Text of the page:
Germany's Commerzbank has named retail banking head Martin Zielke as its next chief executive officer from May 1, as the country's second-biggest lender prepares to set medium-term targets. 

Zielke, 53, will take over from current CEO Martin Blessing. 

Blessing had steered Commerzbank through the turbulence that followed its takeover of Dresdner Bank in the midst of the financial crisis. 

The German government had to bail out Commerzbank with more than €18 billion in funds at the time and Berlin still holds a more than 15% stake in the lender. 

Since then, the 52-year old Blessing has returned Commerzbank to profit and to paying a dividend, cut risky assets and strengthened its capital base. 

But Blessing, who announced in November he would step down this year, has refrained from giving the lender a fresh direction, preferring to leave that task to his successor. 

Trained at larger rival Deutsche Bank before studying business administration at Goettingen University, Zielke has held positions in retail, corporate banking and finance at Commerzbank, including serving as chief financial officer of real estate unit Eurohypo.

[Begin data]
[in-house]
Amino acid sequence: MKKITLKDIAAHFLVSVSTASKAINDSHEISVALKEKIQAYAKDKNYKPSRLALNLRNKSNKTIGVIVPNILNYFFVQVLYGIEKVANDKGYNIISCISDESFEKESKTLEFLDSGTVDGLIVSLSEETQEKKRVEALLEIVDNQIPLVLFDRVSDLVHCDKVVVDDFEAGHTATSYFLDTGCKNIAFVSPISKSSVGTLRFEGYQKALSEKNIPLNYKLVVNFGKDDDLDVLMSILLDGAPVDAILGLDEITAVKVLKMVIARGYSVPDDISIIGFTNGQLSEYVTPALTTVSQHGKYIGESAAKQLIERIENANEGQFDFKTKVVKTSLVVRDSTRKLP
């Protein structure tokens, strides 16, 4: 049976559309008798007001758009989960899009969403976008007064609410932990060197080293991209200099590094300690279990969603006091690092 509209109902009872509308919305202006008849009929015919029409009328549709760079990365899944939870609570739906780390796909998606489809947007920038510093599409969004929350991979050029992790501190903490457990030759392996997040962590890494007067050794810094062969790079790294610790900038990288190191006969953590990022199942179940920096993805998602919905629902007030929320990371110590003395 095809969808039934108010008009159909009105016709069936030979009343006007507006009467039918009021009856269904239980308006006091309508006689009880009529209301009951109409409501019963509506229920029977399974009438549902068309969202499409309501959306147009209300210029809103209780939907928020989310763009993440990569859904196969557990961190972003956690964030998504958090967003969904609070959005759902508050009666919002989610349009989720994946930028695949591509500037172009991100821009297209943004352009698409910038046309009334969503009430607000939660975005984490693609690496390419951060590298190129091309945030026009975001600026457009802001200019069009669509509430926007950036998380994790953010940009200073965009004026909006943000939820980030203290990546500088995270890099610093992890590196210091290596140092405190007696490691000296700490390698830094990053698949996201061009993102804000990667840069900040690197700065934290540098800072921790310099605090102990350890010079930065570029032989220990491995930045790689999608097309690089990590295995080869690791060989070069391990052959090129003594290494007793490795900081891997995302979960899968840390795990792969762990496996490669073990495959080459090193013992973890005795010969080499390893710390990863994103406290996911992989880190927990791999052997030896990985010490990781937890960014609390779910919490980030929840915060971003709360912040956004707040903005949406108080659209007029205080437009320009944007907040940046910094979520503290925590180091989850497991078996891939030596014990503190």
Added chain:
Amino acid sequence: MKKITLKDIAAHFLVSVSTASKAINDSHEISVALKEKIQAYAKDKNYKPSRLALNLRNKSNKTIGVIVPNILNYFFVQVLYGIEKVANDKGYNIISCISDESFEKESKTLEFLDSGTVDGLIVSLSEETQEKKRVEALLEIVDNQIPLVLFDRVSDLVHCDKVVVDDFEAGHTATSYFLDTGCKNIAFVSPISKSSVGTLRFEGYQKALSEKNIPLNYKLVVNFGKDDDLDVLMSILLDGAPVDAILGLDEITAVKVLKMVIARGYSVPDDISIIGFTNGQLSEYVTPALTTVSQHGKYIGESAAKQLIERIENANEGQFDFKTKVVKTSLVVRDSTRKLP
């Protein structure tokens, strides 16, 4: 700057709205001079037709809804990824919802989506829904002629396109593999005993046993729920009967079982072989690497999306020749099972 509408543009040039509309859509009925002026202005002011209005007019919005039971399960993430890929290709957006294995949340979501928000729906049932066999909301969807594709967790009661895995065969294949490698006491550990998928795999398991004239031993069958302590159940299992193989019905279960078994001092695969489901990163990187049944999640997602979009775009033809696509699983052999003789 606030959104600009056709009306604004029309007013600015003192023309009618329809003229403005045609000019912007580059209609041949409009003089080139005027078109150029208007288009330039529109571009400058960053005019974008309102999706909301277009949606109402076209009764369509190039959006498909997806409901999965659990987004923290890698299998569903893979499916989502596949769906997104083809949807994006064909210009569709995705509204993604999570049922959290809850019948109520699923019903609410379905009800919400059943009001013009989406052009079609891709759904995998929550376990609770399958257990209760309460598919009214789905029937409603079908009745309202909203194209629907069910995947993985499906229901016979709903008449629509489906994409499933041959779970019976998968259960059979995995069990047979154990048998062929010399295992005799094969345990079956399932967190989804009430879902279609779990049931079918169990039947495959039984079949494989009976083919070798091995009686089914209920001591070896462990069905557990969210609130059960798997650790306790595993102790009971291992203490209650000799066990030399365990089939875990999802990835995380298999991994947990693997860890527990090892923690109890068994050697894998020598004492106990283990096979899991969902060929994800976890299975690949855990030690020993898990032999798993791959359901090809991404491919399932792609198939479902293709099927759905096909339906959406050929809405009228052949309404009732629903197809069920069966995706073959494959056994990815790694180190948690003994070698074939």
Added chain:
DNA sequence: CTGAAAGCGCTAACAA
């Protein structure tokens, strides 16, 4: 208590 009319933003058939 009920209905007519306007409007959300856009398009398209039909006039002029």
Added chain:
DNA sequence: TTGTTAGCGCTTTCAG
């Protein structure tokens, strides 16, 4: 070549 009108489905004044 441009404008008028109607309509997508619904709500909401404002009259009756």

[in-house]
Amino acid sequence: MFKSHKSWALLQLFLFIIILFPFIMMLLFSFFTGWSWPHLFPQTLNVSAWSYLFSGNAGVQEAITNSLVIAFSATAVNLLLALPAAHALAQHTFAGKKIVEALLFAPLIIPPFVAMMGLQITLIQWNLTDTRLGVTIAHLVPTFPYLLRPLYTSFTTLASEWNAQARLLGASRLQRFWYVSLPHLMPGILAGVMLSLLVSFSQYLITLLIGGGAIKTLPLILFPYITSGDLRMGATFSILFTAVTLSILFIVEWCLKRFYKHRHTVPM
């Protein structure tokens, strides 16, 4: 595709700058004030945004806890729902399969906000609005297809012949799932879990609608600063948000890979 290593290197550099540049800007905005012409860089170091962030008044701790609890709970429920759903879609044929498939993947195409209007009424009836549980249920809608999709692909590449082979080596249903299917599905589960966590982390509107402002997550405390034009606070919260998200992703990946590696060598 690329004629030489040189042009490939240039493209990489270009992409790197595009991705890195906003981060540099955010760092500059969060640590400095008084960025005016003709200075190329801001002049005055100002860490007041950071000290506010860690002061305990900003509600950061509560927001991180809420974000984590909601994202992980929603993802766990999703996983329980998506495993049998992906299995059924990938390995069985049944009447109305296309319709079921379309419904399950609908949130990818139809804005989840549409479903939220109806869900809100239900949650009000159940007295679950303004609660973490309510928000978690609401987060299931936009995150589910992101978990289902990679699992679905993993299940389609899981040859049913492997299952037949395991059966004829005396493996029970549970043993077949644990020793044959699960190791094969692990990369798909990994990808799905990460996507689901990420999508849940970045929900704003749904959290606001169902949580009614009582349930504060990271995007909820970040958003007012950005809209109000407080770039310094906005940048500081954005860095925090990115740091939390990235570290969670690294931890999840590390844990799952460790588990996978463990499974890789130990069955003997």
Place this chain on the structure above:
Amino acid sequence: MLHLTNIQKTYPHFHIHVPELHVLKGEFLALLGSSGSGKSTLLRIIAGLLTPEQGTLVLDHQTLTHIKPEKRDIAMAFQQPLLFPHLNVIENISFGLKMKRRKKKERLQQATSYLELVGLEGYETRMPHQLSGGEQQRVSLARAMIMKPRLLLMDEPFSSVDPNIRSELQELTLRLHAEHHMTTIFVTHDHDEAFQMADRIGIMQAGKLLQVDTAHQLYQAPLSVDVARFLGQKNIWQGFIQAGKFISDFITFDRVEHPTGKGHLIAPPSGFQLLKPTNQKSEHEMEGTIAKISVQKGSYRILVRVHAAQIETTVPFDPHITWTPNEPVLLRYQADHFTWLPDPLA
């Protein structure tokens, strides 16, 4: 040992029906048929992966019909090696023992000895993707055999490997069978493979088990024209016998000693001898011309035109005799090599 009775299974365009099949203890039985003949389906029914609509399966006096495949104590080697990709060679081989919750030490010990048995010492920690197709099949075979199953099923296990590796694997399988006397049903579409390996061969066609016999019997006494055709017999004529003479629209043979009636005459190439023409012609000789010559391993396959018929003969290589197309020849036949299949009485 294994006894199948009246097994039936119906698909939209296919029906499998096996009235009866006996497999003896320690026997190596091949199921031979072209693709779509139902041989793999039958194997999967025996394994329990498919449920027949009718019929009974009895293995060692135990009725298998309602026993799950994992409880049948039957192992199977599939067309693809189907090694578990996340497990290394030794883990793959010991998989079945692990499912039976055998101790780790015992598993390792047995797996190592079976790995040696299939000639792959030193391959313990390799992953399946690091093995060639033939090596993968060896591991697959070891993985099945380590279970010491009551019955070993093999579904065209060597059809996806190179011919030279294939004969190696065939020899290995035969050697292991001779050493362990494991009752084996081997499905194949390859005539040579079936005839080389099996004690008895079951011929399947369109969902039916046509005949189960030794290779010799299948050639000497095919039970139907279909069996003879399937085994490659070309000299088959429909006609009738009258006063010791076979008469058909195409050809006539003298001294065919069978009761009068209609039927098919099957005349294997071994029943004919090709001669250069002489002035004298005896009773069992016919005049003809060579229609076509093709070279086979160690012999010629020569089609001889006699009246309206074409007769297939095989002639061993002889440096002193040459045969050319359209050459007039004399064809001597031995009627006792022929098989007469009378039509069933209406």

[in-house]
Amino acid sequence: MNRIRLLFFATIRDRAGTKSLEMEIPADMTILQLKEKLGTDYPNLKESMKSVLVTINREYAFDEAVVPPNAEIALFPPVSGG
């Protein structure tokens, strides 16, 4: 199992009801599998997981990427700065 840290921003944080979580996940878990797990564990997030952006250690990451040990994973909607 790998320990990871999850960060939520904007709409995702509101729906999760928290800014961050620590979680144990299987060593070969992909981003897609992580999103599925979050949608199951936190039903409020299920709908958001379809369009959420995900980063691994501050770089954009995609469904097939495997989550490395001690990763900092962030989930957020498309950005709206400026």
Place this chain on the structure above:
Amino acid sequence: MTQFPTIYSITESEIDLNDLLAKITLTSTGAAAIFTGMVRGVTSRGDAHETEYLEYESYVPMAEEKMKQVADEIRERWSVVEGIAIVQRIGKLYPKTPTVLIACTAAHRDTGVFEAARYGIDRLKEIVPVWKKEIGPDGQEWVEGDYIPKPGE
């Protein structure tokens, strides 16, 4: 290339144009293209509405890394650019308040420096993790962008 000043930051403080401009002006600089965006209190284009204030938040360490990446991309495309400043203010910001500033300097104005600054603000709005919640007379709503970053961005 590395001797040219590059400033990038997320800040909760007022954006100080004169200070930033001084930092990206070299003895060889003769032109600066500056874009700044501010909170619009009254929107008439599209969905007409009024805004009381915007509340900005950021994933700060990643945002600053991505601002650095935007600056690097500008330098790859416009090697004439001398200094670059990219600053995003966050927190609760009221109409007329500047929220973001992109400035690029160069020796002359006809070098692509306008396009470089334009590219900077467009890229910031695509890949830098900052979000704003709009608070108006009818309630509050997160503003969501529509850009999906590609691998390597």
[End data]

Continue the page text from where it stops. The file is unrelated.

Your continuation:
He joined Commerzbank's management board in 2010 with responsibility for retail banking business.

He had sought there to expand the division's revenue and product offering through mobile, online and branch business while keeping costs stable in a highly competitive German market. 

Zielke pared back hundreds of bank branches from a network that had expanded due to Commerzbank's takeover of peer Dresdner Bank in 2008, trimming his division's ratio of costs to income to below 80% last year, from 85% a year earlier. 

His quiet restructuring of his branch network stood in contrast to more radical revamps at other European lenders such as HVB but was in keeping with his style of avoiding the spotlight, said one long-time associate. 

Zielke's division has won more than 800,000 new customers over the last four years, helping to boost operating profit to more than €750m last year, from around zero when he took over responsibility for retail. 

The incoming CEO thus beat, a year early, his own target of earning more than €500m in operating profit by 2016.